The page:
The Data Display Debugger (DDD)
A Quick Start Guide

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CSC231, Microprocessors and Assembly Language
Smith College, Fall 2002


  1. Getting ready to debug
  2. Starting the debugger
  3. Configuring DDD
  4. Setting breakpoints
  5. Debugging
  6. Useful links

1. Getting ready to debug

In order to be debugged, a program needs to contain some special debugging information that is generated by the assembler and included in the output object file. NASM generates this information when used with the "-F" option. The example below shows how we would assemble hello.asm with debugging information.

$ nasm -f elf -F stabs hello.asm

The -f elf option specifies the format of the binary file to be generated - Linux uses ELF, the Executable Linking Format. The second option, -F stabs, tells the assembler to include debugging information in the output file. DDD and GDB use the STABS debugging format.

Below we show a complete example:

$ nasm -f elf -F stabs hello.asm
$ ld -o hello hello.o

As you can see, the linker (ld) does not require any special option.

2. Starting the debugger

To start debugging a program just type ddd and the name of the program. For example:

$ ddd hello &

The DDD window should pop up as shown in Figure 2.1.

The DDD Debugger

Figure 2.1 - The DDD debugging environment

The debugging environment consists of a source frame (top), a GDB shell frame (bottom), and a command toolbox (right).

3. Configuring the debugger

Before we can start using DDD, we need to change some of its default settings.

Select "Edit->Preferences" from the main menu. On the window that will appear, open the "Source" tab (top of the window). Then, check the "Display Source Line Numbers" option (Figure 3.1). Click OK to close the window.


Figure 3.1 - Display lines in source code

Next, select "Edit->GDB Settings" from the main menu. In the window that pops up, scroll approximately half way down through the list of options, until you find the option "Disassembly flavor". Change its value to "Intel" (Figure 3.2) and click on CLOSE.


Figure 3.2 - Disassembly Flavor

Finally, click on the "Edit->Save Options" menu to save these changes.

4. Setting breakpoints

The job of a debugger is to let us analyze a program's state at a certain point during its execution. The state of a program is given by the program's registers (EAX, EBX, etc), its stack and memory images.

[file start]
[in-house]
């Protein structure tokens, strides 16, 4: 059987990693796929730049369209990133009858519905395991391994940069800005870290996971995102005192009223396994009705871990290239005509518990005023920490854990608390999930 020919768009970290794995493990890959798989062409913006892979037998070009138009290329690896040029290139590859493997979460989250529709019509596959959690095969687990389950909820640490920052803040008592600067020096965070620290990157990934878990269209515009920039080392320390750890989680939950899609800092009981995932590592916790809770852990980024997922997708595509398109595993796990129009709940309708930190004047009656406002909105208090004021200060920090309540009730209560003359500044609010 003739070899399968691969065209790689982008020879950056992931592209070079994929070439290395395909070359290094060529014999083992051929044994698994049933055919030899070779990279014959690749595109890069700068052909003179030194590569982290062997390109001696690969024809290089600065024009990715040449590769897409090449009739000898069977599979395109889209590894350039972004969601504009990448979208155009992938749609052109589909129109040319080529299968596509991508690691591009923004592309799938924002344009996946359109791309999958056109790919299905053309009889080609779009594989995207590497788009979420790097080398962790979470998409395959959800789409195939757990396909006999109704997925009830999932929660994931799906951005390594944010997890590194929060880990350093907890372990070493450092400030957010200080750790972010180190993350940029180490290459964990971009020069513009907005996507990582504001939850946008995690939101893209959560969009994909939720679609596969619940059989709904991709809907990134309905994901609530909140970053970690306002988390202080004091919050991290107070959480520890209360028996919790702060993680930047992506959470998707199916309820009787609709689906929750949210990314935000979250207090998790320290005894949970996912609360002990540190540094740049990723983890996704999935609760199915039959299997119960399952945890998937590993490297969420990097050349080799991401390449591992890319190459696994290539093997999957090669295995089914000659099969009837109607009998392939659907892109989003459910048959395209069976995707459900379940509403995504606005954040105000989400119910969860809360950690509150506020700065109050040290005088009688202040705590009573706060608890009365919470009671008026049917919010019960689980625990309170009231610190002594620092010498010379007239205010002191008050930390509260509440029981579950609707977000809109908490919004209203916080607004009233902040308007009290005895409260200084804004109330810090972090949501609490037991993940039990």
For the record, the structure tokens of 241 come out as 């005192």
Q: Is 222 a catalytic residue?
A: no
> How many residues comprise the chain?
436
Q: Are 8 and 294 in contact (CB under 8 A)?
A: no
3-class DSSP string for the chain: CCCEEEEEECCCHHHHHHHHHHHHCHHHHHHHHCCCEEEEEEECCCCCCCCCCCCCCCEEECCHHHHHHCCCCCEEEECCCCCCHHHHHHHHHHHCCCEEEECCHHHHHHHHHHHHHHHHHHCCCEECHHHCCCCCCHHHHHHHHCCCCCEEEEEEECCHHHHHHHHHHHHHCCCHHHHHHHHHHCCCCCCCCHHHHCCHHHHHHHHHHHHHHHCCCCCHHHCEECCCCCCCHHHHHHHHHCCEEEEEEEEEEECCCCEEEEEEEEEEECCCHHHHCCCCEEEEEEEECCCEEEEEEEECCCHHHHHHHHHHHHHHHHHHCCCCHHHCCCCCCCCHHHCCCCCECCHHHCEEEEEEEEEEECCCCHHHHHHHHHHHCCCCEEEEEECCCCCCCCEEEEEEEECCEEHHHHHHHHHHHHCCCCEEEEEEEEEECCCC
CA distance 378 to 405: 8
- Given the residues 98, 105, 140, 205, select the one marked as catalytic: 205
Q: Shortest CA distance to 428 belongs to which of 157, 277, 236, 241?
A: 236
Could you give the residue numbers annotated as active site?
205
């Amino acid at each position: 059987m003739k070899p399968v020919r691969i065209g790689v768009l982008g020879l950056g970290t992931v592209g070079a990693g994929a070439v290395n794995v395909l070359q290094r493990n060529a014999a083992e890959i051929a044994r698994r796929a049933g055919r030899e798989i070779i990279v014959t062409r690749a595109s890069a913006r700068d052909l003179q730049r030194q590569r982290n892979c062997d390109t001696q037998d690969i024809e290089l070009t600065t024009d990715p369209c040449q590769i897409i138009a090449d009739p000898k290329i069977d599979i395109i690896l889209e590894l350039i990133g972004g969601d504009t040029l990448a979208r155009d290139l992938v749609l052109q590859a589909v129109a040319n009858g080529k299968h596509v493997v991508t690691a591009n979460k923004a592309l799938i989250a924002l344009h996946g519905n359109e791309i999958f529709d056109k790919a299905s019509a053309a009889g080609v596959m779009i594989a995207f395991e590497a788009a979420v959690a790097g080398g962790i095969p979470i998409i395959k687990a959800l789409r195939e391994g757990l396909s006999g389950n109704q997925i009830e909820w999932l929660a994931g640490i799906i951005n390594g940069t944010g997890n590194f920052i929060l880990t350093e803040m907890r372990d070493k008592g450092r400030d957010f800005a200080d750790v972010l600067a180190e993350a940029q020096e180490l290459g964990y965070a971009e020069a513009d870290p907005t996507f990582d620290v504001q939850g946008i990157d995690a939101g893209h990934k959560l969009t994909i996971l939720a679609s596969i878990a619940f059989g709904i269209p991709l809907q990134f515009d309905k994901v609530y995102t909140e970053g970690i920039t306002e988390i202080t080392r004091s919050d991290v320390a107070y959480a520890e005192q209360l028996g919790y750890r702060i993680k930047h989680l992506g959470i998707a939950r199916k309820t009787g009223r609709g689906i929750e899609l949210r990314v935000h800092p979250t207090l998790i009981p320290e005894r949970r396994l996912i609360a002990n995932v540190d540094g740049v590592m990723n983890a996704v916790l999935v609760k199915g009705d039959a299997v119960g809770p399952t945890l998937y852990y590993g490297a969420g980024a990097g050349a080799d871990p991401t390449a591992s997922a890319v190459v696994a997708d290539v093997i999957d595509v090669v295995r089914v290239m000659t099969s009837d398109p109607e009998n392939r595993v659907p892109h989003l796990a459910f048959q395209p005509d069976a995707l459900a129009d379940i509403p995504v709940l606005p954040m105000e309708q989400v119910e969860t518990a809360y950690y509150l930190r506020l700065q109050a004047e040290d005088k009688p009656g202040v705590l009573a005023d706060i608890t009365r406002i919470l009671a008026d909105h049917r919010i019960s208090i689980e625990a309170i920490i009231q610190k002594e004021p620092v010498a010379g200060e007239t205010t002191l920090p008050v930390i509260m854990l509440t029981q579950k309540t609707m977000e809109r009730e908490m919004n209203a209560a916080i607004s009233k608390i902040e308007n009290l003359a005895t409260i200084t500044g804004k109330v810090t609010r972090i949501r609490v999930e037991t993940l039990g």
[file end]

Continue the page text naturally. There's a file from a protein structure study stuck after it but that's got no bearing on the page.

We can check the state of a program at any point during its execution by setting breakpoints into its source code. A breakpoint identifies an instruction at which execution of the program will be suspended. This temporary suspension allows us to look into the program's registers and examine its memory image. Notice that the debugger will stop before executing the breakpoint instruction.

To set a breakpoint in DDD, right-click on the instruction where you want to set the breakpoint, in the source window. Then, select "Set Breakpoint" from the popup menu, as shown below.


Figure 4.1 - Setting a breakpoint with DDD

The breakpoint will appear as a "stop" sign on the left of the instruction (Figure 4.2).


Figure 4.2 - A breakpoint

The breakpoint show in Figure 4.2 will interrupt the program at line 40, before executing the "mov ebx, STDOUT_FILENO" instruction.

What would happen if you set a breakpoint at line 39?

Your program is now ready to be debugged.

5. Debugging

First, open an execution window by selecting the "View->Execution Window" menu or by pressing ALT+F9. This window will show any message that your program writes to standard output.

Then click on the "Run" button in the command toolbox on the right of the screen. As expected, execution stops at line 40, where we set the breakpoint. This is indicated by the green arrow next to the stop signal (Figure 5.1).


Figure 5.1 - Execution is suspended at the breakpoint

At this point we can examine the state of the program by first looking into its registers. This is done by selecting the Status->Registers menu. A window will pop up showing the value of all of the program's registers (Figure 5.2). Notice that you can keep this window open as you continue your debug process later on.


Figure 5.2 - Registers of a program at a breakpoint

As expected, the EAX register contains the value 4, which corresponds to the SYS_WRITE symbol. All of the other registers contain irrelevant values.

If instead of a register we are interested in examining a particular memory location (such as msg), we can use the "Data->Memory" menu (Figure 5.3). A window will pop up asking for the number of bytes to examine, and the start memory address. In the example below we choose to examine 5 bytes starting from the address of msg. Because msg contains a string of characters, we choose char as the format to print these 5 bytes. When you click on "Display", a new frame inside the DDD window will appear, showing the contents of memory (Figure 5.4). Notice that in Figure 5.3 we used &msg to indicate the address of msg.


Figure 5.3 - Show the contents of memory at the address of msg


Figure 5.4 - The contents of memory at msg

It is often helpful, once reached a breakpoint, to continue execution of your program one instruction at the time to observe how the status of the program changes. The Next and Step commands in the toolbox serve at this purpose. Open the registers window as explained earlier, and observe how the values of the registers change as we step through the instructions of the program using Step.

The difference between Next and Step is that Next treats function calls (such as "call myFunction") as a whole instruction, while Step jumps into the code of the function.

Useful Links

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